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Measure J wins big 

On Nov. 7, San Luis Obispo County voters overwhelmingly approved Measure J one of the hottest issues in San Luis Obispo County with 65 percent of the vote. The initiative allows Ernie Dalidio to transform his 131-acres of ex-farmland into a development slated to include an organic farm, a seven-day-a-week farmers' market, a business park, recreation areas, and, of course, a shopping center.

click to enlarge "J" ALL THE WAY :  Ernie Dalidio (center) shared a celebratory hug with Scott Dabney (left) and Bill Bird (right) at the culmination of the most-talked-about issue in this county election. - PHOTO BY KAREN VELIE
  • PHOTO BY KAREN VELIE
  • "J" ALL THE WAY : Ernie Dalidio (center) shared a celebratory hug with Scott Dabney (left) and Bill Bird (right) at the culmination of the most-talked-about issue in this county election.

# "It is really truly not about me," Dalidio said Tuesday night as his supporters celebrated their victory. "The people that voted are the winners. I can tell you, winning is better than losing."

Measure J opponents have voiced their concerns over traffic and environmental issues regarding the development, but have no plans to oppose the election results.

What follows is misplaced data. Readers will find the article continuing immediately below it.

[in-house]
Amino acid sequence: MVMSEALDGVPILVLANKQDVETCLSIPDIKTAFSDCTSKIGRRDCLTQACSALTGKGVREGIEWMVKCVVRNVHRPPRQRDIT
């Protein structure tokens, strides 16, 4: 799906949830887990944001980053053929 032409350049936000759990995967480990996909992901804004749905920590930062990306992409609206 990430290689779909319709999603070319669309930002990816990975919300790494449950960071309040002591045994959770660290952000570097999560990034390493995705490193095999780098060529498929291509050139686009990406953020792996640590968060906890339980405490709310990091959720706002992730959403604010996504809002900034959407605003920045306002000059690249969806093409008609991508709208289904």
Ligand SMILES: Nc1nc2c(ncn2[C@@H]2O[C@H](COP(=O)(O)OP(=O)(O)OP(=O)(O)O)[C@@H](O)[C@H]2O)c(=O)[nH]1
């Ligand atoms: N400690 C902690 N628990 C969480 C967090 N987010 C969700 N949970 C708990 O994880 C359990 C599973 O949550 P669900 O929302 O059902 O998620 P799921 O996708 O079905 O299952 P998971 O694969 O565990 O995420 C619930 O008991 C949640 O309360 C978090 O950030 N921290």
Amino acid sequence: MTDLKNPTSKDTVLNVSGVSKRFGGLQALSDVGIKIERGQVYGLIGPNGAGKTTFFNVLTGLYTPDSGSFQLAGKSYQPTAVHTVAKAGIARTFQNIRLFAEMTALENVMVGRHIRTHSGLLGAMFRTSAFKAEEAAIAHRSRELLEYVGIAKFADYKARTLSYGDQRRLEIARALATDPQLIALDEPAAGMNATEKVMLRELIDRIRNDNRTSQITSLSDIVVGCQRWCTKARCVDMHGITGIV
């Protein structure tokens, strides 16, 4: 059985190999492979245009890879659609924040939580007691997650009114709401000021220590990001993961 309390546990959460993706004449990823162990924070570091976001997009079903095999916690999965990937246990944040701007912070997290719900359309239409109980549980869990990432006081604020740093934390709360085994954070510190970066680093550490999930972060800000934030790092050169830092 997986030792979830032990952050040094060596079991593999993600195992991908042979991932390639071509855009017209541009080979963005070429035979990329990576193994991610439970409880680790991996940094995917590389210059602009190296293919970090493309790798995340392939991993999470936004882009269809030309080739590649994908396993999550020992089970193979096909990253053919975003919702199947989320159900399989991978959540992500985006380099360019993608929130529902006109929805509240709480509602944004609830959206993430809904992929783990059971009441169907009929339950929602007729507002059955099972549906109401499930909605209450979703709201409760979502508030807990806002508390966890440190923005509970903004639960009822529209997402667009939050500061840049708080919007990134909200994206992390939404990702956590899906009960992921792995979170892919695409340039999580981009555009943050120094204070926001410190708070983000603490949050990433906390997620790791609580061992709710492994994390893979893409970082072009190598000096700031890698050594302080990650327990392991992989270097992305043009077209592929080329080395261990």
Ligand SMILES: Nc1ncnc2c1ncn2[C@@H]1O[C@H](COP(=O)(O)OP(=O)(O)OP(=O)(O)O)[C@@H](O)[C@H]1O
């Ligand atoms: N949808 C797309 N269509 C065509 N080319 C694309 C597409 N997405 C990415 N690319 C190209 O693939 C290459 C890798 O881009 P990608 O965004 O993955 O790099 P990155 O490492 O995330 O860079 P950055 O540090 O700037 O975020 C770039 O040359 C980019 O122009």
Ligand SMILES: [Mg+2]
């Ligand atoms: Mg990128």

"We will be shutting the campaign down after the election," said "No on J" campaign manager Katy Kerner.

Dalidio has been trying to build his project for more than 16 years. At one point, he received approval from the city of San Luis Obispo, though a referendum led him to turn to the county's initiative process.

 

That referendum route is no longer available to opponents of the Dalidio Ranch development. Even so, they have the right to attempt another initiative, according to Measure J author attorney Michael Morris.

"They can't stop us from proceeding on our project just because they start a new initiative," said Morris. "If they want to do a new initiative, they would have to do what we did: circulate a petition, qualify for the ballot, and go through with an election."

Following his win, Dalidio will have little time to rest.

"First, we need to start the process through the county. We need to work with the water resource board, and right along, we will be working on the overpass," he said. "We met with Caltrans. They told us, 'We are not here to be obstructionists. If you win on the 7th, we will be there on the 8th to get it started.'"

 

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